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A huge glacier collapsed in record time

A huge glacier collapsed in record time

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A research team from the University of Washington examined a crack in the ice shelf of the Pine Island Glacier. A special feature stood out.

WASHINGTON – In Antarctica, cracks are constantly forming in ice sheets, which then cause icebergs to break up. Climate change is accelerating what is actually a natural process. A glacier collapsed there in record time in 2012.

Glaciers in Antarctica are disintegrating in record time

Researchers at the University of Washington published their results in the specialized journal Provided by the Arabian Gulf University. As the team reported, there is so much frozen water in the glaciers of Greenland and Antarctica that the world's oceans would rise several meters if they melted. Science cannot fully calculate what will happen to glaciers in the next few decades. This is also why the research team examined a glacier crevasse from 2012.

In Antarctica, cracks continue to form in the ice shelf. In 2012, such a crack appeared in record time. © photothek/Imago (avatar)

The glacier that broke at that time is said to have smashed along the Antarctic ice shelf in the fastest break widely known. As the study notes, a crack about 10.5 kilometers long appeared on the Pine Island Glacier within five and a half minutes. That means about 35 meters per second, which “to our knowledge was the fastest fault-opening event ever observed,” said lead author Stephanie Olinger.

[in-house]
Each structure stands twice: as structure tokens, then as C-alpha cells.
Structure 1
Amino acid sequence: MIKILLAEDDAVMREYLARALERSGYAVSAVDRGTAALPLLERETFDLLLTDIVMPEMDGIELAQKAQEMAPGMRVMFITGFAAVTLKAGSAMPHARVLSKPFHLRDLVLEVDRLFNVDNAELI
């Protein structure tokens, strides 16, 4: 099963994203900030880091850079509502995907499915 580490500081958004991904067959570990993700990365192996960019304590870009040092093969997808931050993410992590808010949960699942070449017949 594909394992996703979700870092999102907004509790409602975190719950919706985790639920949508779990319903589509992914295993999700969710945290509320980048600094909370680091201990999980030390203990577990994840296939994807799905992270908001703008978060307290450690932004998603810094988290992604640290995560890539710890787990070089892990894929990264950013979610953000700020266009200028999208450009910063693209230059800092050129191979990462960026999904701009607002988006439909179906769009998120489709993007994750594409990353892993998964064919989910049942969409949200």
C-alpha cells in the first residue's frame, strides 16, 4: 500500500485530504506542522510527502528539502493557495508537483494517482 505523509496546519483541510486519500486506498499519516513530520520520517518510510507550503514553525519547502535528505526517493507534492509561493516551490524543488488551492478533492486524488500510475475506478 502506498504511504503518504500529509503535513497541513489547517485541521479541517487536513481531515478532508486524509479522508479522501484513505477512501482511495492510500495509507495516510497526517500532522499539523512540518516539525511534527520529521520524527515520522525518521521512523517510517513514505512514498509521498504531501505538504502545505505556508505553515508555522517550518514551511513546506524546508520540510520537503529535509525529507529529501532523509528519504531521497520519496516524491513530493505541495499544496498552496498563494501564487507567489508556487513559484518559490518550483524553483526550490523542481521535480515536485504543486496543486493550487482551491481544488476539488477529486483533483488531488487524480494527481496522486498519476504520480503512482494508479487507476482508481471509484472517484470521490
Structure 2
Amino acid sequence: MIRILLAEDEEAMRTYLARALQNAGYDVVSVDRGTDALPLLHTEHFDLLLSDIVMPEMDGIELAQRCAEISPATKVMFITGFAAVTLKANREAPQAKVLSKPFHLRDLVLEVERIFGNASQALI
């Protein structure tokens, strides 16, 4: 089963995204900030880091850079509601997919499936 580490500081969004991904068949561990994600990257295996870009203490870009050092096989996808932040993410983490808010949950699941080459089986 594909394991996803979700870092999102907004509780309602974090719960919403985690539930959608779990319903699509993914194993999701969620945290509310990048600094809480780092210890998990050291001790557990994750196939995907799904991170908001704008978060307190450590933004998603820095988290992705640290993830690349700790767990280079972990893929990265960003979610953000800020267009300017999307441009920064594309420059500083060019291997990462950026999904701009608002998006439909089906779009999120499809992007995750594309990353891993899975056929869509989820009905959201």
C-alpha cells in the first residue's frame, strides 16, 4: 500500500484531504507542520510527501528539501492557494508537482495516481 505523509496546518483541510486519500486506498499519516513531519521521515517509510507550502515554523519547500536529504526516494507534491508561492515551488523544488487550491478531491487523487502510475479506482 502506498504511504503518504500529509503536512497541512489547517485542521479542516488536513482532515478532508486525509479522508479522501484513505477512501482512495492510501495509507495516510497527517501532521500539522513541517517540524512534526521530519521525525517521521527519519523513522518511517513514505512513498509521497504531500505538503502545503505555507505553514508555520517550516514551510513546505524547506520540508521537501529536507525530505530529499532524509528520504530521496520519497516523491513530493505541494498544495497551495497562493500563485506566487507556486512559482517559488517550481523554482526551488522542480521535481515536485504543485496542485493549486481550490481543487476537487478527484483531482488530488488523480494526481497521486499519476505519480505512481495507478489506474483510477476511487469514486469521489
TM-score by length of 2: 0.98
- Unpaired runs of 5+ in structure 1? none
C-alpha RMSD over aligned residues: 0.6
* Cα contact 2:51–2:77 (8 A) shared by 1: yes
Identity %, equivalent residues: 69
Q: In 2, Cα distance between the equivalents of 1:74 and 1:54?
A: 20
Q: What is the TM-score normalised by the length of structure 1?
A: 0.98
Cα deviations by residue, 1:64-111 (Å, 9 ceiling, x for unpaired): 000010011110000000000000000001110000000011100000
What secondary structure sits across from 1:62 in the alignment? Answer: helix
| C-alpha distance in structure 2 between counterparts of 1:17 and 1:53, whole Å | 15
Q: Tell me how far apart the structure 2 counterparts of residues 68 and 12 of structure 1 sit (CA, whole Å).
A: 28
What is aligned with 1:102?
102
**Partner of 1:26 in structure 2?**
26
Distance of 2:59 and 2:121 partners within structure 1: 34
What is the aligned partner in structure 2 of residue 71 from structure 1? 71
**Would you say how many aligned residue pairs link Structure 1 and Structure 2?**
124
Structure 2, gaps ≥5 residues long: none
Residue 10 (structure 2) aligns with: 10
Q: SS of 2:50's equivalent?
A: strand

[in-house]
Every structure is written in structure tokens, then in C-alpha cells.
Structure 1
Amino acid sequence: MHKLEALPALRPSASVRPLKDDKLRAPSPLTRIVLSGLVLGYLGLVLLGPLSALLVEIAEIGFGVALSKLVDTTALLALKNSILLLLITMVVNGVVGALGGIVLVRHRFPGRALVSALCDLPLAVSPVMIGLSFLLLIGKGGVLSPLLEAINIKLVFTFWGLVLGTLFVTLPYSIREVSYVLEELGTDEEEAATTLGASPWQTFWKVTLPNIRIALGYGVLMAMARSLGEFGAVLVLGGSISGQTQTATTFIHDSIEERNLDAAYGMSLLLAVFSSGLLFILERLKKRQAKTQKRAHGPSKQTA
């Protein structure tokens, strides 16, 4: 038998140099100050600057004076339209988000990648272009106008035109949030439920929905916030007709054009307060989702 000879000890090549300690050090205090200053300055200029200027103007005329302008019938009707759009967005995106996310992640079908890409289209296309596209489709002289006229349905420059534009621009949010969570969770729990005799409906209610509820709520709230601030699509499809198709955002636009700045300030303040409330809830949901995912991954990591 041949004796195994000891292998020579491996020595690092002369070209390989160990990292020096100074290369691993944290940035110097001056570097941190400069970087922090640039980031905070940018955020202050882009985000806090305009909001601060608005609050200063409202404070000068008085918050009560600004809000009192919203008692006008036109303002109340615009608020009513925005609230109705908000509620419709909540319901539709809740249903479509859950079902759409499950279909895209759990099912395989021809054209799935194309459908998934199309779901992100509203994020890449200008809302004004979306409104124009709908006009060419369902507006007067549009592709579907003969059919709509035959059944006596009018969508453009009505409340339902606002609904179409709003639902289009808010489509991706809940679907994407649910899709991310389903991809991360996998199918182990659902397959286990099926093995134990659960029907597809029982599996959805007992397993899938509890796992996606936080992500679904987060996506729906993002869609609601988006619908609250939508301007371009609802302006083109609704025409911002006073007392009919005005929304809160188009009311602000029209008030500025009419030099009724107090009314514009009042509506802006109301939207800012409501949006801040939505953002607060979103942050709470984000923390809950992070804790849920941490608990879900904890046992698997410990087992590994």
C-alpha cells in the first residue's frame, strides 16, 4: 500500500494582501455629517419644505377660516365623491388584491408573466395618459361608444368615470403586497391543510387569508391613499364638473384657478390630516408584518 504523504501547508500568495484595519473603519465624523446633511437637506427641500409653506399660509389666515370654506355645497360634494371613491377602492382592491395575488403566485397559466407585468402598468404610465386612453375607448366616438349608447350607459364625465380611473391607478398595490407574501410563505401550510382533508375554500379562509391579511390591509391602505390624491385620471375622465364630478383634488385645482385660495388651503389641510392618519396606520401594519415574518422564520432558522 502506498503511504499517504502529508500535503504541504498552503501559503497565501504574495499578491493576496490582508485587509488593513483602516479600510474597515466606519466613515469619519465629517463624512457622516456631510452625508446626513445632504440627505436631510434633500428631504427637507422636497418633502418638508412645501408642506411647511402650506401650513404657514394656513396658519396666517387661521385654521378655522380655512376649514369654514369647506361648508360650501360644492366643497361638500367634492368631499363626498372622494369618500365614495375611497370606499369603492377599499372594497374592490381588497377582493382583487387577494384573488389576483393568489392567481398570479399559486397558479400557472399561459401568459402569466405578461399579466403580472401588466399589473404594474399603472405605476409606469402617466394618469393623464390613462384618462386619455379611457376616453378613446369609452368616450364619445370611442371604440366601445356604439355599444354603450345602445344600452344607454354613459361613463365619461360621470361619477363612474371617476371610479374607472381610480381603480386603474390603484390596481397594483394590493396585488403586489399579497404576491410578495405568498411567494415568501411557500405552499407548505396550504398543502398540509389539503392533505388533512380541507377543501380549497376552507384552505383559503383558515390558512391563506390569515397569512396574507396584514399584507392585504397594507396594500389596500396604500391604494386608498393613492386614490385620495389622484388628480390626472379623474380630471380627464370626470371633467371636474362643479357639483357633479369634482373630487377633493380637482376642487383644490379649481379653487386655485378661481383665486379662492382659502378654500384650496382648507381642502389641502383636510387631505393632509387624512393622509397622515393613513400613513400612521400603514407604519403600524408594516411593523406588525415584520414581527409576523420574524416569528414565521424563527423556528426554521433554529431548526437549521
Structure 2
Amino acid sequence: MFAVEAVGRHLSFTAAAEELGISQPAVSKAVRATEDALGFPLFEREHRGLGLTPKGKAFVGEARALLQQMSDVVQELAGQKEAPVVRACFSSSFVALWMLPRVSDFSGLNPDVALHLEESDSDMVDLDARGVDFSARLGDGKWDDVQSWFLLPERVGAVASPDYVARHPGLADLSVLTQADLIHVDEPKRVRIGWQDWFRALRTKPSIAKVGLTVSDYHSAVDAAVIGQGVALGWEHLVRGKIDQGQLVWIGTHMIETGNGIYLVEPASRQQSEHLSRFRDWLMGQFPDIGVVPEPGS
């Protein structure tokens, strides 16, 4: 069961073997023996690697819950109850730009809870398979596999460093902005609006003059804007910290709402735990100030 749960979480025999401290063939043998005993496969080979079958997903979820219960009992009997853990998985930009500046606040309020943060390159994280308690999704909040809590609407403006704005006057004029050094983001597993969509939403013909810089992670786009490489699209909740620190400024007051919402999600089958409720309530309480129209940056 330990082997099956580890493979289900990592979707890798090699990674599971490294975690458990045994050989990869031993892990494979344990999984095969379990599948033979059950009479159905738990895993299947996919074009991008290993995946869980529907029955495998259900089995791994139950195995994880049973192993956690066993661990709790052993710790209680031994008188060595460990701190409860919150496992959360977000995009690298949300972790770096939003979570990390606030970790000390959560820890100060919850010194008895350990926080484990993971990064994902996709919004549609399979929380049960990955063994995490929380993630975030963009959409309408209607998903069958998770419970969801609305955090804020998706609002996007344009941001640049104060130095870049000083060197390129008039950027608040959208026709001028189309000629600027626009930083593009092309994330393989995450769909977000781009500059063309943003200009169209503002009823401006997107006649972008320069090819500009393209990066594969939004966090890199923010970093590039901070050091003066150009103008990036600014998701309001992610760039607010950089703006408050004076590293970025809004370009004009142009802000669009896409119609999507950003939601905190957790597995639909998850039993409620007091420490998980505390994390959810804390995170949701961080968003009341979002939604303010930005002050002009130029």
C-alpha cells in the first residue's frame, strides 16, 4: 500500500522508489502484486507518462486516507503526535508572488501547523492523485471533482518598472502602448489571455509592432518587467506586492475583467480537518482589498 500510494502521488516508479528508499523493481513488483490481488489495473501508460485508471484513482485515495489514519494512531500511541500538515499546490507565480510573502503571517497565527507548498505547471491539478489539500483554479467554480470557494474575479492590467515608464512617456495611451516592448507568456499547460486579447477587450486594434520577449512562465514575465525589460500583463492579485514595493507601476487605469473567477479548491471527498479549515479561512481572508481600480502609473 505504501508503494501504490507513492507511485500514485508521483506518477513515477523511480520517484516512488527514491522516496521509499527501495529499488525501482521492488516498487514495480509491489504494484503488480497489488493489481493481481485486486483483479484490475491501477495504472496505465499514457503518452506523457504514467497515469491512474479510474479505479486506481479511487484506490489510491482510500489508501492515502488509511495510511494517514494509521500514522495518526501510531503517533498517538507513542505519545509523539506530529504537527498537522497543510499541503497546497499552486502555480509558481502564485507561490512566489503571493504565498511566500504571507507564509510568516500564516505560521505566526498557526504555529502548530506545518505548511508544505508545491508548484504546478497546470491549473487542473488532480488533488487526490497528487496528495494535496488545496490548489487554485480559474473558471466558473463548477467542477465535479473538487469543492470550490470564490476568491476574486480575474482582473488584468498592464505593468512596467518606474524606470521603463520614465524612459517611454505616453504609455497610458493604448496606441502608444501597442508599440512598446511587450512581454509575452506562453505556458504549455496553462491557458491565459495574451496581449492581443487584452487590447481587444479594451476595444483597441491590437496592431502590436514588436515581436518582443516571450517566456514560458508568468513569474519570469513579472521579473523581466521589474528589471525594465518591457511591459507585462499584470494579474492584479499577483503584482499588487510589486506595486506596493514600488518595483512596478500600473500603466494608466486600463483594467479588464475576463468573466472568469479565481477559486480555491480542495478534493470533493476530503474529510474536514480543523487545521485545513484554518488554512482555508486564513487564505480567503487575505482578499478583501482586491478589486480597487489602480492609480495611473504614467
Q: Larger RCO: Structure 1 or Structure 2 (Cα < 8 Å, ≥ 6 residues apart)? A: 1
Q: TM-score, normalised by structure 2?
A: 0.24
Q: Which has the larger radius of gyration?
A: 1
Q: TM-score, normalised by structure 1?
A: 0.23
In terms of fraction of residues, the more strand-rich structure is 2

– Cracks form in the ice shelf, such as broken glass

Olinger carried out this work as part of her doctoral dissertation at the University of Washington and Harvard University. “The results show that ice shelves can break under certain conditions,” she said. “It tells us that we need to pay attention to this type of behavior in the future, and highlights how these breaks are described in large-scale ice sheet models.” The problem is that the ice shelf It continues to melt.

An ice shelf is a sheet of ice floating on the sea and fed by glaciers, ice streams and ice caps. Ice shelves usually rise at least two meters above sea level, and their thickness ranges between 200 and 1,000 metres. Glacier calving is called calving, and the glacier studied has been calving for a long time. “The ice shelves have a really important stabilizing effect on the rest of the Antarctic ice sheet,” Olinger continued.

As the study results indicate, the formation of cracks is similar to breaking glass. In order to better understand the process, further research will be launched: “Before we can improve the performance of large-scale ice sheet models and predictions of future sea level rise, we must have a good physics-based understanding of many factors.” Different processes affecting ice shelf impact stability.”research and development)